And now there may be even more reason to prioritize getting those sweet zzz's. A new study published in the journal SLEEP found a connection between poor sleep and dehydration—specifically, that people who slept for six hours were more likely to be dehydrated than those who slept for eight hours.
Here's how it worked: The study looked at three existing data sets gathered from over 20,000 healthy adults in both the US and China. The people who participated in these data sets had previously reported how much sleep they got per night on average, and had also provided urine samples. Researchers determined the hydration levels of the participants (by looking at levels of two different urinary biomarkers in the participants' urine samples) and compared that with how much sleep the participants said they got.
For people who reported sleeping six hours a night, their odds of being "inadequately hydrated" were 16-59 percent higher than those who reported sleeping eight hours. (There was no correlation between sleeping more than nine hours and dehydration.)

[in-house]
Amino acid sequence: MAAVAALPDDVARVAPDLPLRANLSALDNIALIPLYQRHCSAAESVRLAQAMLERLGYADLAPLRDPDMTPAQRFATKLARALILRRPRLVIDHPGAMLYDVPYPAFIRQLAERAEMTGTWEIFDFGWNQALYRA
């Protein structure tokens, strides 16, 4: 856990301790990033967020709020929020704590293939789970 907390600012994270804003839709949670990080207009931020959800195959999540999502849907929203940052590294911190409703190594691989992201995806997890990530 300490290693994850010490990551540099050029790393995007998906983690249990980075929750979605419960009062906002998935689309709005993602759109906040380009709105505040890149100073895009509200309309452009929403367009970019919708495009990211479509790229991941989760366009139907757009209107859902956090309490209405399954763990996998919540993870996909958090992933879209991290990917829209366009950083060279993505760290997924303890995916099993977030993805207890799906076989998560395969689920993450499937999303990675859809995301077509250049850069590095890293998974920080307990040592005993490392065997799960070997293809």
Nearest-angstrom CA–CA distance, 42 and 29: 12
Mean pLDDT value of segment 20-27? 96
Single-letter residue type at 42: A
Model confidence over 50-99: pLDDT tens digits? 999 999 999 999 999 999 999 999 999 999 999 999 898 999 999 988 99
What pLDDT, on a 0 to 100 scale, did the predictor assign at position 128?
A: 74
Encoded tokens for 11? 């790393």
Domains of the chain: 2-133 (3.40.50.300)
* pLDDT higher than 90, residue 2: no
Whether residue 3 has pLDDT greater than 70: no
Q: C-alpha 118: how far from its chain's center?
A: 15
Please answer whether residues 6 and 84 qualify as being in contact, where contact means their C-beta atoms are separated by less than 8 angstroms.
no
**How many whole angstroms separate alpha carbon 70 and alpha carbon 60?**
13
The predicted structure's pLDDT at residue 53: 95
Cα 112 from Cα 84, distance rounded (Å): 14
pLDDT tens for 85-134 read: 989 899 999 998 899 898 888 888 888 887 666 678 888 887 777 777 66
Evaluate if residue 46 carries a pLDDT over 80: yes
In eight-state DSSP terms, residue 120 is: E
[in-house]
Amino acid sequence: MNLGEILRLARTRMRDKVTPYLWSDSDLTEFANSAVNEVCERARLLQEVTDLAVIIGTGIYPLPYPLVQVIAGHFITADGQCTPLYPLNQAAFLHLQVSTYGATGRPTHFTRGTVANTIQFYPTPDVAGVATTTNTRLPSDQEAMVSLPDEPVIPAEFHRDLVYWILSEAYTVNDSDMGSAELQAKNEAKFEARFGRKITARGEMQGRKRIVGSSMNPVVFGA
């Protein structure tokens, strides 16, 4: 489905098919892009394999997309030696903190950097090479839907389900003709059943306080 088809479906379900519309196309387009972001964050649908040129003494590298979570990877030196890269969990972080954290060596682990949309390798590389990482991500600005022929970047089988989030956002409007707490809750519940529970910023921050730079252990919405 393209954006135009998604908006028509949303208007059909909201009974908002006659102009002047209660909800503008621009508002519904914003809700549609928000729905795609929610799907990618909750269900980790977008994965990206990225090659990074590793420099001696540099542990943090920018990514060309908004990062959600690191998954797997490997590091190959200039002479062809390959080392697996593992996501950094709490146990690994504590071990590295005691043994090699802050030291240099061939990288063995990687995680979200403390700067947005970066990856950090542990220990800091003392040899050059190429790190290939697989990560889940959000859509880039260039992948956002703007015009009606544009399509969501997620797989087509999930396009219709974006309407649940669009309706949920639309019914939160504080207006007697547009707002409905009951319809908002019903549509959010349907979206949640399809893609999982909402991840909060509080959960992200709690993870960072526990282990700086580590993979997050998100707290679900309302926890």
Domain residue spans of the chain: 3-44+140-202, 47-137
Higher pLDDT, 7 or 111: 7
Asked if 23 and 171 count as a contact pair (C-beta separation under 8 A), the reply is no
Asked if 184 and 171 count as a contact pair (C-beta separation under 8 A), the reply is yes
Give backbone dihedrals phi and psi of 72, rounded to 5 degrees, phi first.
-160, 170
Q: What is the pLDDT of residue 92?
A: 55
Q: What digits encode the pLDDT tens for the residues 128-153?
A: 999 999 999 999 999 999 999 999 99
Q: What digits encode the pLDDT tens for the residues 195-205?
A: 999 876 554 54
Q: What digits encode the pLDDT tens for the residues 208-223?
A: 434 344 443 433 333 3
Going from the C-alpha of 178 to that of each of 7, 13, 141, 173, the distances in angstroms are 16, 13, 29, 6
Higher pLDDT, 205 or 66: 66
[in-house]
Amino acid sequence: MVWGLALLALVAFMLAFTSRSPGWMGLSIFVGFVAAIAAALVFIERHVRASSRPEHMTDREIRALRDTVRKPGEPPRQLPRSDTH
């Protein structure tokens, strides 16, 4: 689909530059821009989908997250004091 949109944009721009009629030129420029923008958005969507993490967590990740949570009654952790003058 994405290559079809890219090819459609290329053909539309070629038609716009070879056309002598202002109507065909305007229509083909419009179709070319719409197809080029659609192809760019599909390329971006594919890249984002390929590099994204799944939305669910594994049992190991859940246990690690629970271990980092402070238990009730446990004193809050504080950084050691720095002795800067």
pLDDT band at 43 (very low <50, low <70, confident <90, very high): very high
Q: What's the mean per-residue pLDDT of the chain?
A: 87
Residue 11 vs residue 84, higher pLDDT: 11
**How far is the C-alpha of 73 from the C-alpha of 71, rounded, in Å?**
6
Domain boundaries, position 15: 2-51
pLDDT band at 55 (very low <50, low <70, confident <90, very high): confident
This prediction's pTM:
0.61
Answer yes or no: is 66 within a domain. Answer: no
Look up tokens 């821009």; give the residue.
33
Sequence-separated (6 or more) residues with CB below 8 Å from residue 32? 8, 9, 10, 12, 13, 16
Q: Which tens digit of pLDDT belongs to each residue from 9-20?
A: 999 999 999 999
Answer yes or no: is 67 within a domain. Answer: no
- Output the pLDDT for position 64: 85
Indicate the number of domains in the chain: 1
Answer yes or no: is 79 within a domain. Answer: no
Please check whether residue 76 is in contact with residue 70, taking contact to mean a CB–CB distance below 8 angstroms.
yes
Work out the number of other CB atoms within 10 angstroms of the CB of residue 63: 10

"This study suggests that if you’re not getting enough sleep, and you feel bad or tired the next day, drink extra water." —Asher Rosinger, PhD, lead researcher
The reason why they're not as hydrated is not fully clear—but researchers have some ideas. Namely, that you don't get as many benefits from a hydration-related hormone called vasopressin if you don't get enough sleep.
"Vasopressin, or anti-diuretic hormone, responds to the body's internal hydration status," says lead author Asher Rosinger, assistant professor of biobehavioral health and anthropology at Penn State in a press statement about the study. It basically helps regulate your body's hydration levels, and is released while you sleep. "So, if you’re waking up earlier, you might miss that window in which more of the hormone is released, causing a disruption in the body’s hydration," Rosinger says.
But before you start chugging water in the morning, remember that this study just found an association between dehydration and less sleep—it's not proven that one causes the other. And researchers didn't specifically measure vasopressin in their sample groups, but rather hypothesized that when someone gets less sleep they don't get the full benefits of vasopressin. (So, we need more research for a concrete answer.)
That said, the info could still help your recovery game plan after a particularly sleepless night. "This study suggests that if you’re not getting enough sleep, and you feel bad or tired the next day, drink extra water," says Rosinger.
Water, for better health? Groundbreaking. But in this instance, it could be worth filling up your S'well bottle an extra time.
If you're having trouble catching zzzs, magnesium may be the supplement you need in your life. Or, maybe try a big cup of barley tea instead?
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